The Delhi government has announced earlier today that the theatres across the national capital region would be shut owing to the rise in Covid-19 cases all over. There have been night curfews issued in other major cities like Mumbai and Bengaluru already, and a few more metros are contemplating issuing similar mandates for people within the next few days. Keeping this in mind, films like ‘Jersey’ have postponed their release date. There are even reports that ‘Prithviraj’ and ‘RRR’ may have been pushed ahead, however, there isn’t any official confirmation on them yet.
With a lockdown sort of situation happening again in major ticket-buying cities all over the country, this might well be another bad start to a year. 2020 and 2021 have anyways been bad for the film industry, and theatre business, and with this looming fear of a third wave, 2022 might just have a start that no one related to the film business wants to have.
Talking about the same, Mr Kamal Gianchandani, President, Multiplex Association of India, says, “Delhi Government’s decision to shut down Cinemas in Delhi while enforcing the ‘yellow’ alert of the Graded Response Action Plan (GRAP) has caused massive uncertainty and could lead to irreparable damage for the Indian Film Industry. The period since March 2020 is undeniably the most challenging period faced by Indian cinemas in their long history. After being allowed to reopen, cinemas have already demonstrated an ability to operate safely for the public and employees via the usage of enhanced ventilation systems, enhanced hygiene, and other safety protocols. Not a single outbreak of Covid-19 anywhere around the world has been traced to a cinema. While, we fully understand the need at Government’s end, to take necessary preventive measures, we would request that cinemas should get equal treatment with comparable industries and institutions. Instead of closing the cinemas, we would urge the Delhi Government to consider introducing a “double vaccination requirement” to enter cinemas, as is the case in some of the other states (including Maharashtra). Alternatively, the seating capacity restriction of 50% can be reintroduced at cinemas. We call on the Government to recognize the unique social, cultural and economic value of the Indian film industry, and to provide the support it so desperately needs to survive this unprecedented period.”
On similar notes, Prashant Kulkarni, CMO Carnival Group, says, “The news of Delhi announcing the shutdown of cinemas, malls and gyms is unfortunate but people's health is the top priority and if the government has taken a call, we stand 100% by it. We sincerely hope it is a short passing phase and soon we will be up and running again as we follow all SOPs and safety measures to the tee.”
When we got in touch with some of the ace film producers about how this decision would impact the film business they all expressed concern but yet wanted to follow the letter of the law to the core.
“It is a challenging time for all of us. The recent measures will definitely have a serious impact on the film business. We all were trying to get back on our feet as an industry, but the sudden wave of the Omicron virus will hamper our progress. Having said that, there is nothing more important than everyone's safety, and the government has to take the necessary steps to curb the spread. For now, we just have to learn to live with this uncertainty,” says ‘Chandigarh Kare Aashiqui’ and ‘Kedarnath’ producer Pragya Kapoor.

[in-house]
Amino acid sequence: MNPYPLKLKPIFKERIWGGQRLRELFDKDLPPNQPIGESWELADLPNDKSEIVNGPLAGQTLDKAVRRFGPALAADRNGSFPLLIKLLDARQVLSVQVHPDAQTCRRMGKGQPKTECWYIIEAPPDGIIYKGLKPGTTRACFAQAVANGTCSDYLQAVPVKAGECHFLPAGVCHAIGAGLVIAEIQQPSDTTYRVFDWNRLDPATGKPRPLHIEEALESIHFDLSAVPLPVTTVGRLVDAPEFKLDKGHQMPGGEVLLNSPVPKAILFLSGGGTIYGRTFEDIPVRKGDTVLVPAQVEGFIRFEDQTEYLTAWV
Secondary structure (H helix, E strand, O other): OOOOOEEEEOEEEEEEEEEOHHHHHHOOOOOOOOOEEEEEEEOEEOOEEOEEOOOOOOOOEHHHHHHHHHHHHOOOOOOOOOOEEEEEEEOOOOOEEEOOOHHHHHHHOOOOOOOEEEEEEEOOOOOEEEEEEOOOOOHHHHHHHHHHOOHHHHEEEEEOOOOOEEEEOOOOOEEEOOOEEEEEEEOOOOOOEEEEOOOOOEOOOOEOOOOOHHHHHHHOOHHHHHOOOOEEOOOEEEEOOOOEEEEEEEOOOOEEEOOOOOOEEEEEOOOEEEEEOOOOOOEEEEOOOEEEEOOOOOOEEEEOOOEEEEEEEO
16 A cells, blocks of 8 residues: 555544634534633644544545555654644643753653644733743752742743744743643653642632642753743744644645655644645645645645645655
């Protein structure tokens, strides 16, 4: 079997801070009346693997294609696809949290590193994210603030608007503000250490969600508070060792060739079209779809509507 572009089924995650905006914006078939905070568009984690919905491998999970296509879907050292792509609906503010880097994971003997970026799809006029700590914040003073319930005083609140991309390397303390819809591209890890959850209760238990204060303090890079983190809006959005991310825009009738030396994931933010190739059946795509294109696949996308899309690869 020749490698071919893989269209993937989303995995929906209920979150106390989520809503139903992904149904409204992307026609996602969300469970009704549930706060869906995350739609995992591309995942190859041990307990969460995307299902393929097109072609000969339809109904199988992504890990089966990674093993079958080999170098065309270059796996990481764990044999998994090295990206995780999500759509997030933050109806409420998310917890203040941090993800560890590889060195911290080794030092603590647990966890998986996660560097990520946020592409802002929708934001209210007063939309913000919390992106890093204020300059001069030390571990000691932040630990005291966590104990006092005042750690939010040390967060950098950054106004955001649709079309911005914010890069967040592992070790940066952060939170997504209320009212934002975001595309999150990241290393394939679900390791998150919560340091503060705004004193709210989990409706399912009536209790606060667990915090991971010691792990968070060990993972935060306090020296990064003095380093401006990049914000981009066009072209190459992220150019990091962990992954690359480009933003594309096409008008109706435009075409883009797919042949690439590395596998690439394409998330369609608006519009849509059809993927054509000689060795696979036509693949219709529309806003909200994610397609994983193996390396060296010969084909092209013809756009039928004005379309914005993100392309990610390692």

Veteran film producer Anand Pandit, says, “I have always said that we cannot think from a business point-of-view, during a pandemic. We cannot afford a third wave which can potentially be even more devastating than what we as an industry and the rest of the country have already experienced. Now is the time to do what we can, take adequate precautions, vaccinate proactively, comply with and maintain protocols to curtail the spread of the virus. This way, we will be safer in the long run and be able to unlock theatres and businesses more quickly.”
“There is of course going to impact on the business. My heart goes out to films whose promotion is in full swing and is scheduled to release in the coming weeks. At the same time, safety is above everything. With the rising Covid cases the government has to take necessary steps to curb the spread. We have been through a lockdown twice before and I am sure none of us wants that. We can only pray that things return back to normal soon,” says film producer Jay Shewakramani.
Film producer Shwetabh Singh adds on the same note as he says, “After what we have seen in the last two years, another wave of theatres getting shut in places like Delhi could really spell doom for a certain segment of filmmakers. Of course like any other business, the established and old production houses might be able to bear another setback, but for filmmakers who are in the nascent stage and trying to make it, their options will keep getting reduced because to cover losses and make films which have more guarantee of succeeding, all platforms and avenues might only go to bankable entities. So it is very important for the industry to come together and make sure that every section of our industry survives this.”
For the unversed, Covid-19 cases have almost grown by three and half times just in Mumbai over the past 5 days. After the Delhi government’s decision to shut theatres, other states and major cities are also deciding whether or not to go for such extreme measures of a shutdown.